The 30-game season will not be short of promotion nights. There will be fireworks and live entertainment at games. On June 11 there will be a salute to the iconic movie Major League, with a guest appearance by actor Corbin Bernsen. There will also be promotions independent of games. On July 21 the Battle of the Sexes will pit Horseshoes team members against a women's fast-pitch softball team. In July the team will sponsor Swinging with the Shoes, a golf outing at Long Bridge Golf Course. The summer will also see The Legends Classic, where teams comprised of former players for the St. Louis Cardinals and Chicago Cubs along with alumni from local college, high school and minor league teams doing battle. A full schedule of promotional events can be found at www.facebook.com/shoesbaseball.
The new ownership understands that the fan base might be somewhat skittish about their new team. In recent years the Springfield franchise has been a troubled team. The owners know they must bring fans back this summer. To accomplish that goal, the team has aggressively marketed itself in central Illinois. At the office, boxes of Lucky Horseshoes hats, jerseys and t-shirts are waiting to be sold and delivered. Toole informed me proudly that Lucky Horseshoes merchandise has been sold and shipped to all 50 states in the union. The merchandise is worthy of a look, and of course will be for sale at the ballpark. Area fans and former season ticket holders have been contacted, and Toole describes season ticket sales as "healthy."
Ideally, the Horseshoes would hope to adopt some qualities of another minor league success story, the Savannah Bananas, another college wood-bat team playing in the Coastal Plain League. The Bananas' goal is to expand the baseball experience and provide, "the most fun you will ever have at a baseball game." Some have described them as the Harlem Globetrotters of baseball. In exhibition games they experiment with rules to speed up the pace of the game. Baseball at all levels is currently struggling with making the game faster. In the minor leagues, pitch clocks and other rules are in use experimentally to gauge their impact on the game. Next season in the Major Leagues a strict pitch clock will be implemented. Whatever the reason, the Bananas are incredibly successful and for the upcoming season have sold out their stadium for a 25-game season.
Horseshoes' ownership understands that they must earn fan trust. They do that first by putting a quality team on the field. With that goal in mind, they have recruited players from local college teams as well as players playing college baseball who graduated from local high schools. Players from the successful college programs at Lincoln Land and UIS will be on the summer roster. In addition, the Horseshoes have signed several players who are recent high school graduates and are now eligible for the 2022 MLB Draft. Ownership's goal is that one day a player who began his career in Springfield will be playing in the Major League.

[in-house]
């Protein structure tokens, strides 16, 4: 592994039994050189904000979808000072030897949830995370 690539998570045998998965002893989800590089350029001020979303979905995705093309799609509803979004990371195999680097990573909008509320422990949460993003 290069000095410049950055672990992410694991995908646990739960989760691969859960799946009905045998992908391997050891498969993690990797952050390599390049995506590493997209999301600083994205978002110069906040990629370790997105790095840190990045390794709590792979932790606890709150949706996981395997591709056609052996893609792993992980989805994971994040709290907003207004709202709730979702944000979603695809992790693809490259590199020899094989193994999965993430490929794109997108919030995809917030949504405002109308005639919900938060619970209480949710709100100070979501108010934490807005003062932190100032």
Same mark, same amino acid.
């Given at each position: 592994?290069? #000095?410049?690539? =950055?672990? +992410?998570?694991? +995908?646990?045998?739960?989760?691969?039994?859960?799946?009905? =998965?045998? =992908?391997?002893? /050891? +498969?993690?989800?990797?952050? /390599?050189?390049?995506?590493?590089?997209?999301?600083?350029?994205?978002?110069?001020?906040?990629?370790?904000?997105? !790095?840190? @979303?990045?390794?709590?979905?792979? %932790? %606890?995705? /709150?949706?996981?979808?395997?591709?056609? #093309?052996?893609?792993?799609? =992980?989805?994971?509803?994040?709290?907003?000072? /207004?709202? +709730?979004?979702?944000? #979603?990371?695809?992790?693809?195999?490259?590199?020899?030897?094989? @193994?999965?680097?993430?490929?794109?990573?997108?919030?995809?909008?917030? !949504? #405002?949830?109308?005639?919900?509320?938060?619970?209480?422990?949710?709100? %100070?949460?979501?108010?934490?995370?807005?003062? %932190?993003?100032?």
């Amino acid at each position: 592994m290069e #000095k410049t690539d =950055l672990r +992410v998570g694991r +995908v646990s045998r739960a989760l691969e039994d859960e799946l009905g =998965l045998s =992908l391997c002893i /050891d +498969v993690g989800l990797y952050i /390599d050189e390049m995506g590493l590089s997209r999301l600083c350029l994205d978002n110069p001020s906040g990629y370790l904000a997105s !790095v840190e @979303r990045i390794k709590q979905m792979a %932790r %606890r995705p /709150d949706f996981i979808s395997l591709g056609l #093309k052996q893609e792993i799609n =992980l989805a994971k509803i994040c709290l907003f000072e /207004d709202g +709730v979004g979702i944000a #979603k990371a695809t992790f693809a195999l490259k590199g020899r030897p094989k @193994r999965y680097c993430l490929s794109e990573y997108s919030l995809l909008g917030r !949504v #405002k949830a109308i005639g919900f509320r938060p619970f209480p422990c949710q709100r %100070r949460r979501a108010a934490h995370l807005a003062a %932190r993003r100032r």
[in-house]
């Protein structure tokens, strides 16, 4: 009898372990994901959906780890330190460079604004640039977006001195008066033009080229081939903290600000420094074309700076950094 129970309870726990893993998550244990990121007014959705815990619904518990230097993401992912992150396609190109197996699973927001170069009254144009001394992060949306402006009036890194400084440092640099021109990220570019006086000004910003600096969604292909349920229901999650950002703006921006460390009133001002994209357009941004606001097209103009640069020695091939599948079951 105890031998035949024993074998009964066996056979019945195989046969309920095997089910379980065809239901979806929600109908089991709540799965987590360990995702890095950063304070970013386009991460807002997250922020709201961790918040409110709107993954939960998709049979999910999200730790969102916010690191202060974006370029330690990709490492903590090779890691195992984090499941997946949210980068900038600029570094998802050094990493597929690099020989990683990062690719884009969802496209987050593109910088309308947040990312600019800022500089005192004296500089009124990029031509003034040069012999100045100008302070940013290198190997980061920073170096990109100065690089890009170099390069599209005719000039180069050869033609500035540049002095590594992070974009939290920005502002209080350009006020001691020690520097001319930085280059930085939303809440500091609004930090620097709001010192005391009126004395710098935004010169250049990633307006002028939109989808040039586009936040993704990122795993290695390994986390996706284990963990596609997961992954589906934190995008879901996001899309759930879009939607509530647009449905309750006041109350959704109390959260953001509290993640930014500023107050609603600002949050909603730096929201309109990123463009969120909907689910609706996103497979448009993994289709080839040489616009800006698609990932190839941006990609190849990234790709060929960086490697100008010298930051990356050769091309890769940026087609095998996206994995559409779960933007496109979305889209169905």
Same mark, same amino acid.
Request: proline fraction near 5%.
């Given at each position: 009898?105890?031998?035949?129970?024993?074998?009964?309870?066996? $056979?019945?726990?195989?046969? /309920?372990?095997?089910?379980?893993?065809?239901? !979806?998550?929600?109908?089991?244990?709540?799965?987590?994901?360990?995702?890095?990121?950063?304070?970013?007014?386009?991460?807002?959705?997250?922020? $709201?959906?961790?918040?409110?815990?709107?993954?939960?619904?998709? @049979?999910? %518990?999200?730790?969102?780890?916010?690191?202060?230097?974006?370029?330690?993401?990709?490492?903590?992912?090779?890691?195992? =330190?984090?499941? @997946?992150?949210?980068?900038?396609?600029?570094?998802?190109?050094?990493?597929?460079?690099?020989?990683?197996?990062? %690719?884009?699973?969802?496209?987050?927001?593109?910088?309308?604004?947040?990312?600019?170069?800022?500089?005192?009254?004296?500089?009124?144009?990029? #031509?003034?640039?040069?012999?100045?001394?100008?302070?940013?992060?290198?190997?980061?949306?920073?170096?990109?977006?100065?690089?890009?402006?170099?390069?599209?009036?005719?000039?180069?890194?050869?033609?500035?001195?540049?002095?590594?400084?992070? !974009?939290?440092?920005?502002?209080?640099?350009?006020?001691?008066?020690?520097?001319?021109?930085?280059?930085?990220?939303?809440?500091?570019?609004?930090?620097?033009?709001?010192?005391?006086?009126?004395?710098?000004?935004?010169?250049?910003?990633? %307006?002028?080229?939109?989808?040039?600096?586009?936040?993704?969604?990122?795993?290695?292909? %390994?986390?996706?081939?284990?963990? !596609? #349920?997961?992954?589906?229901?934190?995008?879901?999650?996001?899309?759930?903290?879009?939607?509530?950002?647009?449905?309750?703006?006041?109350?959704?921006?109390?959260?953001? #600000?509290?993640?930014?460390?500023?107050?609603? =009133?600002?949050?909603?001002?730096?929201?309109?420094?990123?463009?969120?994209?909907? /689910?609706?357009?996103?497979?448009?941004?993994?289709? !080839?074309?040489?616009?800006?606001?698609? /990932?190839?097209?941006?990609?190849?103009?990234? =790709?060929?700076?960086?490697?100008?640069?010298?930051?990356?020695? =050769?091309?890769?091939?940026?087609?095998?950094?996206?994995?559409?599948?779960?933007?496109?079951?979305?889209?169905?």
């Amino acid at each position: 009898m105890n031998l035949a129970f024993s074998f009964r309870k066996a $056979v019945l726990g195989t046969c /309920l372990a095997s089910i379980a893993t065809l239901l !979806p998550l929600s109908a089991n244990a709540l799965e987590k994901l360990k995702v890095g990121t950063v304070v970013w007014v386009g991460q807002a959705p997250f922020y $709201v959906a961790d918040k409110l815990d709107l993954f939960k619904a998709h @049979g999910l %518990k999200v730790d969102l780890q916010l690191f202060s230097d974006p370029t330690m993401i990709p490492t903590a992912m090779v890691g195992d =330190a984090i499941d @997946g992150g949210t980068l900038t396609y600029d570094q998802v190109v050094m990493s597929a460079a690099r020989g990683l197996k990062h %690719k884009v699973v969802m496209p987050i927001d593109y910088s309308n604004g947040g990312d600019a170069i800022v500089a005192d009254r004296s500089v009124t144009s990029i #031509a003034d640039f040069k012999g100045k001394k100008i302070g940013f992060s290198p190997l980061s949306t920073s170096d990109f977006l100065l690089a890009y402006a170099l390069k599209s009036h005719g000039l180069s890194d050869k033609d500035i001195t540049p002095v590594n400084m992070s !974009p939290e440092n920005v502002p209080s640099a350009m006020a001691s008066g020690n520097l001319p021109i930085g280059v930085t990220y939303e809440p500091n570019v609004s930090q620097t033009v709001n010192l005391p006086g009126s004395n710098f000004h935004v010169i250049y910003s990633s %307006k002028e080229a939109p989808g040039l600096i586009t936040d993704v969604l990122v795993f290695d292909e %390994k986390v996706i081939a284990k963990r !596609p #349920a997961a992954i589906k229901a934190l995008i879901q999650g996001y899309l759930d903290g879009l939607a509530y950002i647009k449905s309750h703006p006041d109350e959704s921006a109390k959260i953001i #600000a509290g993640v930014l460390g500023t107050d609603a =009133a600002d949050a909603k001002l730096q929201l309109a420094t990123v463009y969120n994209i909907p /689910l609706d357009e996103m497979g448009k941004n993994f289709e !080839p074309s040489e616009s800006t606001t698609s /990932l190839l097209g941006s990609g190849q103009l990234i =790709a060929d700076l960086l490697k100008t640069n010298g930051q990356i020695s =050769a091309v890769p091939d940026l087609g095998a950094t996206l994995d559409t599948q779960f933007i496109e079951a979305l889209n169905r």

And the final piece of the puzzle is the ballpark experience. The most frequent complaint I now hear about a trip to an MLB game centers on $10 beers, and the cost of food for four easily exceeds $100. Horseshoes fans will find reasonably priced local food from establishments such as Krekel's and Papa Murphy's as well as the traditional baseball food of popcorn, hot dogs, burgers and brats. Since they are the Horseshoes, there will also be a hand-held walking horseshoe menu item for fans to enjoy while watching the game.
What's past is past. The Springfield Lucky Horseshoes begin a new era this June. They opened the season on the road June 1 and play their first home-game Saturday night, June 4, against the Alton River Dragons. Long ago the legendary Harry Caray was famous for telling us, "You can't beat fun at the old ballpark." Harry was right then and it remains true today. The Springfield Lucky Horseshoes want those memories and the baseball experience back in our city and all of us who love the game and cherish its memories need to take a look at Springfield's newest baseball franchise.
Stuart Shiffman covers baseball for Illinois Times.